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• 09-15-2004
BillBoeBaggins
Couldn't you just write a short recursive function to handle "power of" math calls.

Code:

```long PowerOf(long Base_Number, long Power_Of) {     long tmp=0;     static long counter;     while(Power_Of<=counter)     {         counter++;         tmp=Base_Number*(counter);         Power_Of--;         tmp=PowerOf(tmp,Power_Of);;     };                return tmp; }```
(I know this code has flaws)
• 09-15-2004
Hunter2
>>I needed it for a think called HEK
:rolleyes: Another .NET sellout. Did you know I couldn't even install my HP printer drivers on my older computer because it didn't have .NET installed? :mad:

**EDIT**
>>Couldn't you just write a short recursive function to handle "power of" math calls.
a) Why rewrite the standard math library?
b) How would you compute fractional powers by this method?
• 09-15-2004
BillBoeBaggins
Couldn't you just do a bit of code modification and change out the "long" parameters for "float"?

Also, if you aren't interested in the bloat of including more headers files this should help. Or for the novelty, of I don't know, writing something yourself...

I wasn't suggesting it was the be all/end all. Just an alternative. An idea.
• 09-15-2004
Rune Hunter
Quote:

long PowerOf(long Base_Number, long Power_Of)
{
long tmp=0;
static long counter;
while(Power_Of<=counter)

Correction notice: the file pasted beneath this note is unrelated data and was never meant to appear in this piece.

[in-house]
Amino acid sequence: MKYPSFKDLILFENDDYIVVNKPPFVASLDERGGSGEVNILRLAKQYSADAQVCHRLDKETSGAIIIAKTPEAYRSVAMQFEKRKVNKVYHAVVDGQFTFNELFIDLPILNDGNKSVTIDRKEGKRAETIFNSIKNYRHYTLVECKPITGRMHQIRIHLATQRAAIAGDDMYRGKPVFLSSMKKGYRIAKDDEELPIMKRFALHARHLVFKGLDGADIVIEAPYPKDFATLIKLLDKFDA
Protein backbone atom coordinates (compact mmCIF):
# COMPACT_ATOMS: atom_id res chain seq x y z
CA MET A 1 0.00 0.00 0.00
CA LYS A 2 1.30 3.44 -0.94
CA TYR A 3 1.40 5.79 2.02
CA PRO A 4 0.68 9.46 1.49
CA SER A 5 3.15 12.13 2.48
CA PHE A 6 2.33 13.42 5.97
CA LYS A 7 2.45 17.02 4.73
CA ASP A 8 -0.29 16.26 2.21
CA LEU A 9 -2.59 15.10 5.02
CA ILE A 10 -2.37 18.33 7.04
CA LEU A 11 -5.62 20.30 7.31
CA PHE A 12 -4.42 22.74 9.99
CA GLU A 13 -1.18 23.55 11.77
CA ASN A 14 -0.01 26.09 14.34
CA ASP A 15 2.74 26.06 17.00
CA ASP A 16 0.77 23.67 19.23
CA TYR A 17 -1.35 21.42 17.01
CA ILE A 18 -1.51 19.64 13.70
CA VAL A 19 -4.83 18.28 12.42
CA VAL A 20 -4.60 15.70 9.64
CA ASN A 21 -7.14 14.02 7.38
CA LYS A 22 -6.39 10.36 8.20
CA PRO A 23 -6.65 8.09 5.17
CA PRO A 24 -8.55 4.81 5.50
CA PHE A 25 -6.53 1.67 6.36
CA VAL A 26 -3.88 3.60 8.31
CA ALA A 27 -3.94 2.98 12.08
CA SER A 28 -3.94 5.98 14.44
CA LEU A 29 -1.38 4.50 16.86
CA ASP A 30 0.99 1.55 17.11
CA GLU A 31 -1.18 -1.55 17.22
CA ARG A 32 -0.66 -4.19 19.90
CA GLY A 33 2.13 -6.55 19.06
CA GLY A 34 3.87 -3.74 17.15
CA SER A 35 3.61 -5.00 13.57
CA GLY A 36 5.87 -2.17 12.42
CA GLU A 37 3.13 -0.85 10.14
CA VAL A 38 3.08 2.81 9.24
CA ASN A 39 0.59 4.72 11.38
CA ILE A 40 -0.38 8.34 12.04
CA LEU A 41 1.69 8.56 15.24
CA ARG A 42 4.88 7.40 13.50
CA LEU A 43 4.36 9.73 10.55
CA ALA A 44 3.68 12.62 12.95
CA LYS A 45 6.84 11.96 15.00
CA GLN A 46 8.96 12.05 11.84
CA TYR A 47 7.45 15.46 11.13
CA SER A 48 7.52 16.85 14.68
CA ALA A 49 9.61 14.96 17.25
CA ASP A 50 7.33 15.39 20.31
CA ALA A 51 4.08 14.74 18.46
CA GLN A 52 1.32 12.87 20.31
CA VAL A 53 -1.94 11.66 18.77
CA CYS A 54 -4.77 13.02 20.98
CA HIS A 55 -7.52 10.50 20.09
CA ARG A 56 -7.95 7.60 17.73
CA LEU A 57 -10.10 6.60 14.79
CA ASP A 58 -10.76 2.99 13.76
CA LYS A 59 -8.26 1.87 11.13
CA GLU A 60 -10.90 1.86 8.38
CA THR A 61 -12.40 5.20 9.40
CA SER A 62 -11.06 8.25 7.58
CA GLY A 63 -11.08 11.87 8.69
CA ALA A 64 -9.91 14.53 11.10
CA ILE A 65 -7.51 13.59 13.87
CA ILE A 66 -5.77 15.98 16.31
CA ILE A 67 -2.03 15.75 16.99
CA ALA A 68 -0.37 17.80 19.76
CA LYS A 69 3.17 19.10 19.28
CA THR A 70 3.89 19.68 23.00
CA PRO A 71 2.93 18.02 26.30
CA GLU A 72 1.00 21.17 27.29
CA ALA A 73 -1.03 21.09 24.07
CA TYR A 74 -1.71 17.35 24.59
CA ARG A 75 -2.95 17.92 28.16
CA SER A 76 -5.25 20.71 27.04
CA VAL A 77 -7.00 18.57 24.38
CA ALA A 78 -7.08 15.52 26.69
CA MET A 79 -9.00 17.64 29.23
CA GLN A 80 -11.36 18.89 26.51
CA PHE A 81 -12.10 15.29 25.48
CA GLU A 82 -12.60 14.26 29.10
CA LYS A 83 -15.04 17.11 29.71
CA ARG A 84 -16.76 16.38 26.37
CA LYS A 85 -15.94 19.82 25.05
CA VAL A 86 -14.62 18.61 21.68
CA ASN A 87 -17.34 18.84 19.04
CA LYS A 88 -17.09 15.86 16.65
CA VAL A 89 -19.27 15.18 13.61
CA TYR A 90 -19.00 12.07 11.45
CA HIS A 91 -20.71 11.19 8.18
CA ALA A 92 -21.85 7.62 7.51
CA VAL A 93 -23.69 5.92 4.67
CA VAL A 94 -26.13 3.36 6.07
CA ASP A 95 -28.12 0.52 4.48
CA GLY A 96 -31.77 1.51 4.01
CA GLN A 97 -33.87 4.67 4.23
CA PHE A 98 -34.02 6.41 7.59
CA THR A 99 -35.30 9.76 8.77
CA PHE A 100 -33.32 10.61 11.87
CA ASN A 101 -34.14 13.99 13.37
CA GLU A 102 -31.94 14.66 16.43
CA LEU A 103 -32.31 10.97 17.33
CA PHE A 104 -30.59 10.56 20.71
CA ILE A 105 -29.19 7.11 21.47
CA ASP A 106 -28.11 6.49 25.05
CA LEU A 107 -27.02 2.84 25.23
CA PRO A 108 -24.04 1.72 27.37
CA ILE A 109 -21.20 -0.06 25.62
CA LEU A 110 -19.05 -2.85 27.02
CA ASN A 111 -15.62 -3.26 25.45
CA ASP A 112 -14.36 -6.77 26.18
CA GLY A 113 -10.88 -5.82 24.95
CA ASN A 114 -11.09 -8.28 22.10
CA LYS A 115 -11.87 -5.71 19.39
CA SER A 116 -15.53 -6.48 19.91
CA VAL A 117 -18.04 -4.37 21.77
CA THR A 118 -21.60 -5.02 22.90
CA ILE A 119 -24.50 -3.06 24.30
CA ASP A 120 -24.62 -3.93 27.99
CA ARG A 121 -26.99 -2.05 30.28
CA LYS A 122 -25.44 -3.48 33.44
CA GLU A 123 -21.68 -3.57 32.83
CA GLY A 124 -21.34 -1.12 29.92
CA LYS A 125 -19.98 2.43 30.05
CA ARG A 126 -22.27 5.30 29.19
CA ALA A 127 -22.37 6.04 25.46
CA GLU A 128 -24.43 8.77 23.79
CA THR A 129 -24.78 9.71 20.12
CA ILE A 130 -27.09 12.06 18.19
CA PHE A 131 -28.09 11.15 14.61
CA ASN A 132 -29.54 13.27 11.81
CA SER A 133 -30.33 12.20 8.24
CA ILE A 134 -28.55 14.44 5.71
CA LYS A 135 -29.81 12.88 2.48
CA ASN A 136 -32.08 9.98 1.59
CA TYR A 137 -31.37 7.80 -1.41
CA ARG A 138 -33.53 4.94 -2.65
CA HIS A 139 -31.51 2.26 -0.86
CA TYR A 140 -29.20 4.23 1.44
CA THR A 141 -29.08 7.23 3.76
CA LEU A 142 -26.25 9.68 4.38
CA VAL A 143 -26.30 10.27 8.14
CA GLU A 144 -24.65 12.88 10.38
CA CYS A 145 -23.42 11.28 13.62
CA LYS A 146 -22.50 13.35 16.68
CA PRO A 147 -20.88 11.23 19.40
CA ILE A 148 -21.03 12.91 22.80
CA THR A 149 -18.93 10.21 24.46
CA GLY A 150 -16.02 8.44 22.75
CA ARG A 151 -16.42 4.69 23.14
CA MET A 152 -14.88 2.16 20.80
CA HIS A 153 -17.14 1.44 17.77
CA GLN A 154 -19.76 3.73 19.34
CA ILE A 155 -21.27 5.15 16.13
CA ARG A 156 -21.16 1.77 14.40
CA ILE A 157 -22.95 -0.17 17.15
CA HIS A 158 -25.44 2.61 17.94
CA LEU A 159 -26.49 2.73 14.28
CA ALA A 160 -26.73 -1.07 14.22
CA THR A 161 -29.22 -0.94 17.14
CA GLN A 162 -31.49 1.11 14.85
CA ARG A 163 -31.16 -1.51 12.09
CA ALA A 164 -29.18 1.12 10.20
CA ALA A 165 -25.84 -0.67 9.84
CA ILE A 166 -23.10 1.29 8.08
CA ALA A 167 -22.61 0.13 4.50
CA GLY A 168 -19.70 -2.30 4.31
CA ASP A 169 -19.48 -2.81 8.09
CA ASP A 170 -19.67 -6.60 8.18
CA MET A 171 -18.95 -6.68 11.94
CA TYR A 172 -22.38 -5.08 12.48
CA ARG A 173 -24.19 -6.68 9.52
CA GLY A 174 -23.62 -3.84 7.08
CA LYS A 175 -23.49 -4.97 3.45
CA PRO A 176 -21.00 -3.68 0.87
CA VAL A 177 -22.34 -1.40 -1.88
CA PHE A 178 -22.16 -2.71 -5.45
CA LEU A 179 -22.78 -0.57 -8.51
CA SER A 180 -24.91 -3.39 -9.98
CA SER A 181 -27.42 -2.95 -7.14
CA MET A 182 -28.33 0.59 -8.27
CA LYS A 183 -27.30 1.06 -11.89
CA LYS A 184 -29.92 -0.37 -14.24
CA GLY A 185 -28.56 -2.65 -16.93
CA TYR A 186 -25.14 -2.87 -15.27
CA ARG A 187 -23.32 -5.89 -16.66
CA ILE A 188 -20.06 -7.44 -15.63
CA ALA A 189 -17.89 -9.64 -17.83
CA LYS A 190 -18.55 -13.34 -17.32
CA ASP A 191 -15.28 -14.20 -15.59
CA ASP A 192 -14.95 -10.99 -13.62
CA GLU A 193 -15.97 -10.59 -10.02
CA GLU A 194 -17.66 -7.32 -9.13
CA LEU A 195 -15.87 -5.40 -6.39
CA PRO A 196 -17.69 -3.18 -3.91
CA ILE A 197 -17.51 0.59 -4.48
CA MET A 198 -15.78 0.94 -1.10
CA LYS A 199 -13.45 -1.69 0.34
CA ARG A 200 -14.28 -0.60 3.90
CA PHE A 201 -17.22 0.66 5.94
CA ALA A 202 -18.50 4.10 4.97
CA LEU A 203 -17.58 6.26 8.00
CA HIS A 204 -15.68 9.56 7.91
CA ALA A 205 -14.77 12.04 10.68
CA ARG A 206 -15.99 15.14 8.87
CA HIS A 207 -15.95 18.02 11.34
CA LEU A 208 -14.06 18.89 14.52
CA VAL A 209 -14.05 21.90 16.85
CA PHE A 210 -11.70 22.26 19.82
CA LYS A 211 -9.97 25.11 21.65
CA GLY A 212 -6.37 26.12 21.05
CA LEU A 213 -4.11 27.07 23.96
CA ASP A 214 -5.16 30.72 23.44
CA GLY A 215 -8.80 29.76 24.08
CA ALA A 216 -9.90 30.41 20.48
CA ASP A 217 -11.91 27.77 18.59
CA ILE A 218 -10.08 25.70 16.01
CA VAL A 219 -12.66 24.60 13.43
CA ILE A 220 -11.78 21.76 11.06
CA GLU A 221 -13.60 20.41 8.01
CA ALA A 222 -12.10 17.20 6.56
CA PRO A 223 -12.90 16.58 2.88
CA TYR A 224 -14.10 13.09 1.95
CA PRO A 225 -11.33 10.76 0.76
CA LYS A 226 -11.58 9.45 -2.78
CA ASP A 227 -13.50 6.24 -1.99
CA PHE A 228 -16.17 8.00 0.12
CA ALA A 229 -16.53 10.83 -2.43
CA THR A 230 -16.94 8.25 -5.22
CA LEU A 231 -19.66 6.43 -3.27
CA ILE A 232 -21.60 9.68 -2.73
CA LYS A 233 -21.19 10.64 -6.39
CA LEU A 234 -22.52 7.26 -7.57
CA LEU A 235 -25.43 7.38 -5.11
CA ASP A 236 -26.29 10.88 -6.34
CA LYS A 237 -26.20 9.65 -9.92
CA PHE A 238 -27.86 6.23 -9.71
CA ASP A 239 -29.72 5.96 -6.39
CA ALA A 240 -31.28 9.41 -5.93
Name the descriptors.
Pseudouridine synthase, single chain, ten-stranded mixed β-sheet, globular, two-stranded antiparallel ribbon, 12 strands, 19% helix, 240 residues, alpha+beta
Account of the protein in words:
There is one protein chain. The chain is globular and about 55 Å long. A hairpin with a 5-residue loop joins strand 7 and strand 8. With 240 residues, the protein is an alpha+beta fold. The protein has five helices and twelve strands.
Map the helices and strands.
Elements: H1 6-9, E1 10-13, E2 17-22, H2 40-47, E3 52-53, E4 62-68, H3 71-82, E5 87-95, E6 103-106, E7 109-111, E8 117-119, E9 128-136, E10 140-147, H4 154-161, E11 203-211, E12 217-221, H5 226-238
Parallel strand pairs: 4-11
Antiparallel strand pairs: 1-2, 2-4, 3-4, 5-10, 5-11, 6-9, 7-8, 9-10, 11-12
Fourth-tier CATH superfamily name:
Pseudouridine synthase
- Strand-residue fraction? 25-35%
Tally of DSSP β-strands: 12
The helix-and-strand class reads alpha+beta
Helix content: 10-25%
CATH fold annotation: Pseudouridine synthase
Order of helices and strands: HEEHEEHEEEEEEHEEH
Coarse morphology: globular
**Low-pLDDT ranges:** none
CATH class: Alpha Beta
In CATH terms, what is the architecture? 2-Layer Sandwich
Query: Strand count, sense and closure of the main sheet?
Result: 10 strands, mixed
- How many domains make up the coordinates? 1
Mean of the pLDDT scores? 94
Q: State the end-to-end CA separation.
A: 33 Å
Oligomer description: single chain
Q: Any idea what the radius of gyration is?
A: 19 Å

{
counter++;
tmp=Base_Number*(counter);
Power_Of--;
tmp=PowerOf(tmp,Power_Of);;
};
return tmp;
}

don't know what that would do...
• 09-15-2004
Hunter2
>>Couldn't you just do a bit of code modification and change out the "long" parameters for "float"?
No. Because the power-ing is done by whole numbers. An interesting idea though, to do it with recursion... I would have just stuck it in a for loop ;)
• 09-15-2004
moi
using recursion in the place of a simple for loop is not interesting, its slow and clumsy.
• 09-16-2004
BillBoeBaggins
You know I didn't even think of putting it in a loop... :D
• 09-16-2004
The Brain
Recursive power function:

if 'base' is zero, then 'exp' must be positive
Code:

``` double power( double base, int exp)  {       if (base == 0)  //base is zero, and exp should be positive           return 0;       else if (exp == 0)           return 1;       else if (n > 0)                  return base * power(base, exp - 1);       else  //base is nonzero, and exp is negative           return  1/power(base, -exp); }```
• 09-16-2004
Rune Hunter
so can you explain what this does and how to use it if it will help me please?
• 09-16-2004
Hunter2
>>so can you explain what this does and how to use it if it will help me please?
It is a recursive function: It calls itself with changing parameters in order to accomplish the task. And it isn't useful to you at all, since <cmath> includes a pow() function ;)
• 09-16-2004
Rune Hunter
oh lol yes I have already used the pow function for my calculator.
• 09-17-2004
The Brain
Quote:

Originally Posted by Hunter2
>>so can you explain what this does and how to use it if it will help me please?
It is a recursive function: It calls itself with changing parameters in order to accomplish the task. And it isn't useful to you at all, since <cmath> includes a pow() function ;)

sometimes i get joy out of bludgeoning a fly with a hammer ;)
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